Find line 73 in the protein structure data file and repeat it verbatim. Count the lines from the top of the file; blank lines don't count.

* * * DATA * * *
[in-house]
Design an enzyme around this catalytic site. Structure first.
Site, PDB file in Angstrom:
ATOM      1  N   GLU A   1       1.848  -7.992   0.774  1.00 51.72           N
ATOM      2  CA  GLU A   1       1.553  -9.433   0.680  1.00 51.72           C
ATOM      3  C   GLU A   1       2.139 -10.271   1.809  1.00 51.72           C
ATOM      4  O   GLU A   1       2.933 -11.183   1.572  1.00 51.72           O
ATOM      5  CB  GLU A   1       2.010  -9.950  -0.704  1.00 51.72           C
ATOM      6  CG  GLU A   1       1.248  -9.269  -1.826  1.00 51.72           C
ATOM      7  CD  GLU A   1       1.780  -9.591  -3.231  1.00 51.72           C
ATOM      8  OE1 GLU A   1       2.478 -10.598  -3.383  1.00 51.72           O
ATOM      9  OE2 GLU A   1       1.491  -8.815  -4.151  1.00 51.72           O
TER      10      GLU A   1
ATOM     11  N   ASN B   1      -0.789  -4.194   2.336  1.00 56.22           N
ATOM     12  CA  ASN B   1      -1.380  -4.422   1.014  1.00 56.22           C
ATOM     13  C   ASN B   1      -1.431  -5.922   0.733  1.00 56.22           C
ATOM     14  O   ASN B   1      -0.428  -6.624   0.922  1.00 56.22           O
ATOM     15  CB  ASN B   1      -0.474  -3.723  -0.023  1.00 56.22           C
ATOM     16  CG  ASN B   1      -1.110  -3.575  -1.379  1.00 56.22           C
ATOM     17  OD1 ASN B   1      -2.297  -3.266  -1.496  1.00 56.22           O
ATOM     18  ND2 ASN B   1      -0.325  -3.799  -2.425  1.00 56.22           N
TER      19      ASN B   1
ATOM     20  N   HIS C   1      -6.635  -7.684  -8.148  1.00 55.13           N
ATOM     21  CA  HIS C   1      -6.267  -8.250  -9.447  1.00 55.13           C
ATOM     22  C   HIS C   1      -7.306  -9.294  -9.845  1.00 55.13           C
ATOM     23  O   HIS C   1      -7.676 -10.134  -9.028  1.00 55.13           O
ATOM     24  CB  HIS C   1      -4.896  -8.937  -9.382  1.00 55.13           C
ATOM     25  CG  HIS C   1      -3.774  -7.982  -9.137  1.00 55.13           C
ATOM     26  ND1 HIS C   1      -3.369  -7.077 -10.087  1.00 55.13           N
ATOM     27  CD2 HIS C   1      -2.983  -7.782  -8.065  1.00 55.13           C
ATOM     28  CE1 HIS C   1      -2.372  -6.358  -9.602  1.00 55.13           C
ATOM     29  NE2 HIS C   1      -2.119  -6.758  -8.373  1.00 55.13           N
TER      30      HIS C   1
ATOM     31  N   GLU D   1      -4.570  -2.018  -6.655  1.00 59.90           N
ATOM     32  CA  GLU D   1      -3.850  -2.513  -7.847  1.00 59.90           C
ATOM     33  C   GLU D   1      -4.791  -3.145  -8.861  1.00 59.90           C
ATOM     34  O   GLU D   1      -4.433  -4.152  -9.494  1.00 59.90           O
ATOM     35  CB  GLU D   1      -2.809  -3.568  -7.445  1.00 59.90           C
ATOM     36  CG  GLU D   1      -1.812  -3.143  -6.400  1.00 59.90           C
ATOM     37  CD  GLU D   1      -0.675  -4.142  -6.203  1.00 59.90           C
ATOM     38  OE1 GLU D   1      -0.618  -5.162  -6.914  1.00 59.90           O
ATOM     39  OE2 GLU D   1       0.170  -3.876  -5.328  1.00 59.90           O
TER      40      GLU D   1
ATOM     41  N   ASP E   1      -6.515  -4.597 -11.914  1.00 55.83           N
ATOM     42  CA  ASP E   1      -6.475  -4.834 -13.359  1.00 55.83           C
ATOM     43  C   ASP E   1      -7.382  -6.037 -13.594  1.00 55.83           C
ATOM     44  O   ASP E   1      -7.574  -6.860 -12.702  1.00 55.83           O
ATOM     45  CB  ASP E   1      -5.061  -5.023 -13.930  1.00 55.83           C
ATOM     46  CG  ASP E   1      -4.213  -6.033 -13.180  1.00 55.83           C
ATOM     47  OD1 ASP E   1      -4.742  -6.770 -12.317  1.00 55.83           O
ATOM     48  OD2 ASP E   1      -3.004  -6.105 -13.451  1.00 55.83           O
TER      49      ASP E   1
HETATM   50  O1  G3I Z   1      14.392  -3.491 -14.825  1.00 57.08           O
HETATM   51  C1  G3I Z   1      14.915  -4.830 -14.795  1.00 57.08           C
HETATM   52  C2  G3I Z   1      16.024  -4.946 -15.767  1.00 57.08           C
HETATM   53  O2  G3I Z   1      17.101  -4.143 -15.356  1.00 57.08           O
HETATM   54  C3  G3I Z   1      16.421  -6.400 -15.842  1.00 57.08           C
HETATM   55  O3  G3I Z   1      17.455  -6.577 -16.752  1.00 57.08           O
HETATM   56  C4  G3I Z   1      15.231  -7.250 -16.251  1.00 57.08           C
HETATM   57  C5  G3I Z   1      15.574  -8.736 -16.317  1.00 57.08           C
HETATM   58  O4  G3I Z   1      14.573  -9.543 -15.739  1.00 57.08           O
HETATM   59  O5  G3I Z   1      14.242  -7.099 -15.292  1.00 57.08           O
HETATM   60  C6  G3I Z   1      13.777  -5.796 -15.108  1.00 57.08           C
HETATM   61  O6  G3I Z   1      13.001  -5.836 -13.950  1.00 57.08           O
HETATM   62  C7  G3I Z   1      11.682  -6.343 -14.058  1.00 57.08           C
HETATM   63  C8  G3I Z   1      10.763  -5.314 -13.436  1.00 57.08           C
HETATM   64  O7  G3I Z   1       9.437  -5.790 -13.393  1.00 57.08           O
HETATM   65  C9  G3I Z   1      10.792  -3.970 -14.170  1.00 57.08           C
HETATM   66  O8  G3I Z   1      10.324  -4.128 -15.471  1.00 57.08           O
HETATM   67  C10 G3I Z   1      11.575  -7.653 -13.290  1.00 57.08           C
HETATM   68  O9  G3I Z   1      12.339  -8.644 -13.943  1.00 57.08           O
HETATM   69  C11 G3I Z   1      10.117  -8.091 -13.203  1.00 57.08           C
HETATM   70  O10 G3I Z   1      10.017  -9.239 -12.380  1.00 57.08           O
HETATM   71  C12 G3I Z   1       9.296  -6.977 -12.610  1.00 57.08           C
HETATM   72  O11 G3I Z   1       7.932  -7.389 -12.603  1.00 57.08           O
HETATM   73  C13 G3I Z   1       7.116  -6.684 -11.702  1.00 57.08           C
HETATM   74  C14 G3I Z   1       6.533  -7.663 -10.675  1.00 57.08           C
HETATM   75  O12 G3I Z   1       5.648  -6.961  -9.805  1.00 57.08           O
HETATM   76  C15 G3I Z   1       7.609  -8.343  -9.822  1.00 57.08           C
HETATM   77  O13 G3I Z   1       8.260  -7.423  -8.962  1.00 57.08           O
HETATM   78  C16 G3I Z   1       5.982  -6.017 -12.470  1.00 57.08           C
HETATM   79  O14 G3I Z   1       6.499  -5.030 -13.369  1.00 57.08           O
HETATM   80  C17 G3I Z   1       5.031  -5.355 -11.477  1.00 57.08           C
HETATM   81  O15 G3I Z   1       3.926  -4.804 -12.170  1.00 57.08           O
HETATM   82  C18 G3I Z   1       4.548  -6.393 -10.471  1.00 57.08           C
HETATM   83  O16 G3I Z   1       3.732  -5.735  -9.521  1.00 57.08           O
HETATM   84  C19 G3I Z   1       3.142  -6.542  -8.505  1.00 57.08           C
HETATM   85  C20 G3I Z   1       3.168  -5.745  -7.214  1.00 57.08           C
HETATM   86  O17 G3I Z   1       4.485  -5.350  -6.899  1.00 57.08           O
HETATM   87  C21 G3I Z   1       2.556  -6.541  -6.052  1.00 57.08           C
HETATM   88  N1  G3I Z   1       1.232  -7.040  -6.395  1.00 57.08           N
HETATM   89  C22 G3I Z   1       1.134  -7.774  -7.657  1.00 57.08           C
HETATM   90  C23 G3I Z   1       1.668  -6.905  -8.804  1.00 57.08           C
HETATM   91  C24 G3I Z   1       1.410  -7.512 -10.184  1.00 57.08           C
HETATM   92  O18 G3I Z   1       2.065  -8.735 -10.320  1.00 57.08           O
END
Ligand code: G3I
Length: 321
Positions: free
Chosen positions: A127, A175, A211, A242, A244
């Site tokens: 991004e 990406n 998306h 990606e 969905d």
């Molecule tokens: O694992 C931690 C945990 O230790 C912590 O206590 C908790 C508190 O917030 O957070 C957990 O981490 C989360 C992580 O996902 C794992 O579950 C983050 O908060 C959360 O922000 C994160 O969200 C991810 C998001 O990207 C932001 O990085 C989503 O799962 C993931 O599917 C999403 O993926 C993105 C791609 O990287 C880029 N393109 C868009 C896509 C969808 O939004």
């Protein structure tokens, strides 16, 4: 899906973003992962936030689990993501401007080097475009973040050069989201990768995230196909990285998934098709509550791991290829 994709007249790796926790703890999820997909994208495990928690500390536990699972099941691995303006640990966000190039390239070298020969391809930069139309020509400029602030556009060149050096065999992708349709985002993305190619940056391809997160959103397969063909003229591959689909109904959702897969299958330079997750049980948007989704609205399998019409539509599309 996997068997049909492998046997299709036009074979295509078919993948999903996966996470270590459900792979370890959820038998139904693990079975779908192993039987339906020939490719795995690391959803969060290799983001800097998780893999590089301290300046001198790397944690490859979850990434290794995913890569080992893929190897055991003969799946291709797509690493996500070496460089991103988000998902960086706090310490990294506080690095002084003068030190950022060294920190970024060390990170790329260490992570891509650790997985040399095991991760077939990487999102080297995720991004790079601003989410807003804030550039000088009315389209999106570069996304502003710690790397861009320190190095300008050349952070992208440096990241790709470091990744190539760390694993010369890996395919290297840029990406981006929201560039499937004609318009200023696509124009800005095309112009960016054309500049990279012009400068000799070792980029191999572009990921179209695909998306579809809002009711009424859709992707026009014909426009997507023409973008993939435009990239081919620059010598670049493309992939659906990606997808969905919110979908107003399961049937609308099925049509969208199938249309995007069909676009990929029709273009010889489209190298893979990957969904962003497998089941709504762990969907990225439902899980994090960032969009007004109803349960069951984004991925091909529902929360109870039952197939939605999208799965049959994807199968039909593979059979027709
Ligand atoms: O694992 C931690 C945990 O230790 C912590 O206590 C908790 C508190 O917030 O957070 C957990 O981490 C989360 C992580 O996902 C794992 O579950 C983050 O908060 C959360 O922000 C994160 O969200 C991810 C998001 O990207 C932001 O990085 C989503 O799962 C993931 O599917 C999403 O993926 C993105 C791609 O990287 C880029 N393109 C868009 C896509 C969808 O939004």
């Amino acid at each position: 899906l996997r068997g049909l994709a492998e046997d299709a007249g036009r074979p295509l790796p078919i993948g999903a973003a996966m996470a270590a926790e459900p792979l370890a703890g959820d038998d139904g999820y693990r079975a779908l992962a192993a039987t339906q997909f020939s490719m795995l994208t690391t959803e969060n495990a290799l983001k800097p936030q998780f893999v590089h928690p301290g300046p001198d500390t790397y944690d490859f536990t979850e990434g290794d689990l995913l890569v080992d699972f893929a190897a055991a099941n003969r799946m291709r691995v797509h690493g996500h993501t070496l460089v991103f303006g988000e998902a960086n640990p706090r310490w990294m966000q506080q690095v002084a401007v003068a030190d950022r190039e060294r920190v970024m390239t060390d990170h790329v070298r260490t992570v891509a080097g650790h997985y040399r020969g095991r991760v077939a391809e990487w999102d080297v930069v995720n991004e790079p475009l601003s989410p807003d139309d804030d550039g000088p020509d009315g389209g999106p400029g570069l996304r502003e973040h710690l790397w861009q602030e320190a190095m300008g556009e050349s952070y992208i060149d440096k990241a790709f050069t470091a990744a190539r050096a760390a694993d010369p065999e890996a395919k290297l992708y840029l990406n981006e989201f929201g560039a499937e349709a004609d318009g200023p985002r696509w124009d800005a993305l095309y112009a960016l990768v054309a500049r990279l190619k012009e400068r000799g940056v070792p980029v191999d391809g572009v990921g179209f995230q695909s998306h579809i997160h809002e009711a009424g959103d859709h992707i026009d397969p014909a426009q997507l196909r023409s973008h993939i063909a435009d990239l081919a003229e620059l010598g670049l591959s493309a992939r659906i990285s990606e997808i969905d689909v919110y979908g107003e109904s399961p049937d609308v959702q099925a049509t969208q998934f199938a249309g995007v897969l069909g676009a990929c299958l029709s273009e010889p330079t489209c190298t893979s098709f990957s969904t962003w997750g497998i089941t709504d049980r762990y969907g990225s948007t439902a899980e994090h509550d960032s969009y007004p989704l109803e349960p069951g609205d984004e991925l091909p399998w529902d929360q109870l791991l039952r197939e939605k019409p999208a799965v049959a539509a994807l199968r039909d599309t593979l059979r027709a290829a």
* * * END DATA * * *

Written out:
HETATM   70  O10 G3I Z   1      10.017  -9.239 -12.380  1.00 57.08           O